Shall I not in that day, saith the Lord, even destroy the wise men out of Edom,.... When they shall be invaded by the enemy, and treacherously dealt with by their allies; so that there shall be no wise counsellors at court to give advice what proper methods should be taken at such a season; they should either be taken off by death, or their wisdom should be turned into folly, and they be rendered incapable of giving right counsel:

and understanding out of the mount of Esau? that is, men of understanding, as the Targum, should be destroyed out of Edom or Idumea, which was a mountainous country; such as were well versed in politics, or understood military affairs, and how to conduct at such a critical time; to form schemes, and concert measures, and wisely put them in execution; and to be deprived of all such must be a great loss at such a time, and add to their distress and calamity; see Jeremiah 49:7.

Shall I not in that day, saith the LORD, even destroy the wise men out of Edom, and understanding out of the mount of Esau?
8. destroy the wise men] i.e. so deprive them of their wisdom that they shall cease to be wise men. Comp. Jeremiah 49:7, “Concerning Edom, thus saith the Lord of hosts; Is wisdom no more in Teman? is counsel perished from the prudent? is their wisdom vanished?” There is perhaps a reference to wisdom as a special characteristic of the Edomites. “Eliphaz, the chief of Job’s friends, the representative of human wisdom, was a Temanite.” (Pusey, see Job 2:11.) In the Book of Baruch the Edomites are referred to as types of wisdom. “It hath not been heard of in Chanaan, neither hath it been seen in Theman. The Agarenes that seek wisdom upon earth, the merchants of Meran and of Theman, the authors of fables, and searchers out of understanding; none of these have known the way of wisdom, or remember her paths.” Bar 3:22-23.

8, 9. Though thus shamefully betrayed and utterly spoiled, the Edomites might yet possibly have recovered themselves, if those inherent qualities in which the strength of nations as of individuals consists, had still been left to them. But the judgment of God would deprive them of these, and so render their case hopeless. Wisdom and courage, the two great resources of a nation in adversity, would alike fail them. Comp. Jeremiah 49:7; Jeremiah 49:22.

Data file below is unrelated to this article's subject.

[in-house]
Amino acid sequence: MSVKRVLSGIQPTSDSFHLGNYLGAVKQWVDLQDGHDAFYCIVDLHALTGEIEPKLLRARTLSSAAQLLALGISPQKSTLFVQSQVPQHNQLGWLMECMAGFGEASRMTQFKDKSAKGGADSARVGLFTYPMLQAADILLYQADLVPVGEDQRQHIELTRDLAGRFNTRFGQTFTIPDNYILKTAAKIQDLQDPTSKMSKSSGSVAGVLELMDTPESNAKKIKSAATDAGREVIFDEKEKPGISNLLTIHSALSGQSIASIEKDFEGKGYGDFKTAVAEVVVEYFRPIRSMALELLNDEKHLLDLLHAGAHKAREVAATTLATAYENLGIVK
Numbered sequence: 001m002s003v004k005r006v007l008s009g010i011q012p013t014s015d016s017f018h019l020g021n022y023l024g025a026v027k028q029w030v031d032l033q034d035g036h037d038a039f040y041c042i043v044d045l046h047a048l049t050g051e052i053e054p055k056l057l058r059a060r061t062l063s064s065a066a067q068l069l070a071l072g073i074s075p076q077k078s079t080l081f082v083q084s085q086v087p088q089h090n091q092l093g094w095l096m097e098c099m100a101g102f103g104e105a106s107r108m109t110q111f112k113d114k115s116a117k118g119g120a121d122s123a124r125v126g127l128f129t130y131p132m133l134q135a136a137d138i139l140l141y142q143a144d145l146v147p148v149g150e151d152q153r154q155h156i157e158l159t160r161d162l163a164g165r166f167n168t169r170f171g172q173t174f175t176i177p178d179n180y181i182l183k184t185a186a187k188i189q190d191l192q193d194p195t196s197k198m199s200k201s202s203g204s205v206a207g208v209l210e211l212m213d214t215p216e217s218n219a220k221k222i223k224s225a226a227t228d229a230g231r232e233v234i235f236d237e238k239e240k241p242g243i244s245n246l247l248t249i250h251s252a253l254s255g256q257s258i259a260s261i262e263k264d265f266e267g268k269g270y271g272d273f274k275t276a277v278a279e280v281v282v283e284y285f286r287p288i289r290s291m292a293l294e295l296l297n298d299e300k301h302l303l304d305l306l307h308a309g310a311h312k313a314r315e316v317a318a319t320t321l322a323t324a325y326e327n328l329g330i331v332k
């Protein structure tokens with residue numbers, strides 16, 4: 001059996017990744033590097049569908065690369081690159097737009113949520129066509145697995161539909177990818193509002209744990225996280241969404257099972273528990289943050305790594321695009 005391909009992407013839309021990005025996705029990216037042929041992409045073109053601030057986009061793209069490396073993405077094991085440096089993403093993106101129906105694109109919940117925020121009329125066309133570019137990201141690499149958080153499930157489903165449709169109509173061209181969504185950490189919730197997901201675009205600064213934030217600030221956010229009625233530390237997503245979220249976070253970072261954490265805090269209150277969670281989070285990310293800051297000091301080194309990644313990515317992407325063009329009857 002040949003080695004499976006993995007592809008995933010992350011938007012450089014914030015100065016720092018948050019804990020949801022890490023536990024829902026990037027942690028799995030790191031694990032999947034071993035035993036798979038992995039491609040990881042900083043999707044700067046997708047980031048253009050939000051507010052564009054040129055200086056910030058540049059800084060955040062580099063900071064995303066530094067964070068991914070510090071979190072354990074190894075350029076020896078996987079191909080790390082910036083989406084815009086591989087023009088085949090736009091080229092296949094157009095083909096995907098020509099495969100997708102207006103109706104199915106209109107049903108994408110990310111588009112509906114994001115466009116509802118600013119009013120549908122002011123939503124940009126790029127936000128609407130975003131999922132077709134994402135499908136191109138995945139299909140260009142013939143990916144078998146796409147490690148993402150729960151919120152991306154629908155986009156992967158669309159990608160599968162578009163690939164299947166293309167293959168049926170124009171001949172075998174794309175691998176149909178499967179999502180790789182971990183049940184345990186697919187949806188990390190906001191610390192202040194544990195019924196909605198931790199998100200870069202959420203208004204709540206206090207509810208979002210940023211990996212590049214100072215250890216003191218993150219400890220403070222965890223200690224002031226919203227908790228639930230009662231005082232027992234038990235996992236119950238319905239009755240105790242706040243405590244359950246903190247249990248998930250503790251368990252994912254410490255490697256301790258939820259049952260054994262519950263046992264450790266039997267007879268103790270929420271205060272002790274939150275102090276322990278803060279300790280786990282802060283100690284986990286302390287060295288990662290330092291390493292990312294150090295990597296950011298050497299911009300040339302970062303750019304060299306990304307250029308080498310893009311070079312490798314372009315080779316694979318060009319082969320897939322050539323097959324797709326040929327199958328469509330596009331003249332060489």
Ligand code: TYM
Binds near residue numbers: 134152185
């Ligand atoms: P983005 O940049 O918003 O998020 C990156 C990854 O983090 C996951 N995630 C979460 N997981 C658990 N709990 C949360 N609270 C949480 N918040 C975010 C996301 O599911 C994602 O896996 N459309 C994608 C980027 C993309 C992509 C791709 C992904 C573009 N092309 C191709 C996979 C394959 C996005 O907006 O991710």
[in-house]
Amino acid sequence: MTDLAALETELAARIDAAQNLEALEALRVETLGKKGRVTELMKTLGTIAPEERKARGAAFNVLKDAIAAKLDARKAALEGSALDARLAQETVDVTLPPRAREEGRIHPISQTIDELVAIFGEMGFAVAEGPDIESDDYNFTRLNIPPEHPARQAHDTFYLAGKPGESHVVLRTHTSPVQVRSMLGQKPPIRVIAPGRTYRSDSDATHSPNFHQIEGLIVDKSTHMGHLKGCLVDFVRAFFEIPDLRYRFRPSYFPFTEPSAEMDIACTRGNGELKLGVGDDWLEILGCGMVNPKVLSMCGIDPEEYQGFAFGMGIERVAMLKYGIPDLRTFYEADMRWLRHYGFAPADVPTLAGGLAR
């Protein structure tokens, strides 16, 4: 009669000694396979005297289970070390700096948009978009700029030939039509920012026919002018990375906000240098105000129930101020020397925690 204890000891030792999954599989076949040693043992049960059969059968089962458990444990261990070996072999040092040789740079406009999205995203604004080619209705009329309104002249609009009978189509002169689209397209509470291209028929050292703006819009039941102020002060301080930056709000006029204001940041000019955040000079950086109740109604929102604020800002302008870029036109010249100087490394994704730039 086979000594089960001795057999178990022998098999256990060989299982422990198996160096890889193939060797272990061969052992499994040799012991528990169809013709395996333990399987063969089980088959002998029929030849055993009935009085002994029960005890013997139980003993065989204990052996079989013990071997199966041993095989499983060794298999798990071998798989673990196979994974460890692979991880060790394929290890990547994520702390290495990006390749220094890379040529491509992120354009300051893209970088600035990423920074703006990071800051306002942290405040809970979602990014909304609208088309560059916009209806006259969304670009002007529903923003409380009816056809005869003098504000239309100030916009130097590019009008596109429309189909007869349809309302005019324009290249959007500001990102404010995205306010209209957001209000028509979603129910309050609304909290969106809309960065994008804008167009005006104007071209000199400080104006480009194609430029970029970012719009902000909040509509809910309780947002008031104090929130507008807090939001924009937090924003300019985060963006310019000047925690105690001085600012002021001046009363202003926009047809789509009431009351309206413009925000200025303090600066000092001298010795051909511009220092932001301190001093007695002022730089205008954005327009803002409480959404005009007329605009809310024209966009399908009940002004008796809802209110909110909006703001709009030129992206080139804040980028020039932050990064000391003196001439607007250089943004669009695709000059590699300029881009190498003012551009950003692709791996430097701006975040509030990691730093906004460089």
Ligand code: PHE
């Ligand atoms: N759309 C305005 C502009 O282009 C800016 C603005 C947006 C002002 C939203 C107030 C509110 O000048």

Verses 8, 9. - Their vaunted wisdom and their boasted courage shall fail, for God shall take them away. "Quem Deus vult perdere, prius dementat." Verse 8. - In that day; when Edom is abandoned by its friends. Destroy the wise men out of Edom. God shall take their wisdom from them, so that they shall be no more able to offer prudent counsel or suggest plans of safety (Isaiah 19:11-16; Isaiah 29:14; Isaiah 47:12, 13). The Edomites were celebrated for wisdom or practical philosophy (comp. 1 Kings 4:30; Jeremiah 49:7; Baruch 3:22, 23). Mount of Esau (vers. 9, 19, 21). Mount Seir - a designation of Edom from the nature of the country. Obadiah 1:8"Does it not come to pass in that day, is the saying of Jehovah, that I destroy the wise men out of Edom, and discernment from the mountains of Esau? Obadiah 1:9. And thy heroes despair, O Teman, that every one may be cut off by murder from the mountains of Esau." In order to give up the Edomites to destruction at that time, the Lord will take away discernment from their wise men, so that even they will not be able to help them. The destruction of the wise men is not to be understood as signifying that the wise men will all be slain, or slain before any others, but simply that they will be destroyed as wise men by the withdrawal or destruction of their wisdom. This meaning is sustained, not only by the fact that in the second clause tebhūnâh only is mentioned as that which is to be destroyed, but also by the parallel passages, Jeremiah 49:7; Isaiah 19:11; Isaiah 29:14. Jeremiah mentions here the wisdom of the Temanites in particular. That they were celebrated for their wisdom, is evident not only from this passage, but also from the fact that Eliphaz, the chief opponent of Job in argument, was a Temanite (Job 2:1, etc.). With this withdrawal of wisdom and discernment, even the brave warriors lose their courage. The heroes are dismayed (chattū), or fall into despair. Tēmân, which the Chaldee has rendered incorrectly as an appellative, viz., inhabitants of the south (dârōmâ'), is a proper name of the southern district of Idumaea (see at Amos 1:12), so called from Teman, a son of Eliphaz and grandson of Esau (Genesis 36:11, Genesis 36:15). Gibbōrekhâ (thy heroes), with the masculine suffix, the people inhabiting the district being addressed under the name of the district itself. God inflicts this upon Edom with the intention (lema‛an, to this end) that all the Edomites should be cut off. Miqqâtel, from the murdering, by murder (compare Genesis 9:11, where min occurs after yikkârēth in this sense); not "without conflict," as Ewald renders it, for qetel signifies slaying, and not conflict. The thought of connecting miqqâtel with what follows cannot for a moment be entertained (vid., lxx, Syr., Vulg.). It is opposed not only by the authority of the Masoretic punctuation, but still more decisively by the fact, that the stronger and more special word (qetel) cannot precede the weaker and more general one (châmâs), and that the murder of certain fugitives is placed first in the list of crimes committed by Edom upon the Israelites (Obadiah 1:10-14).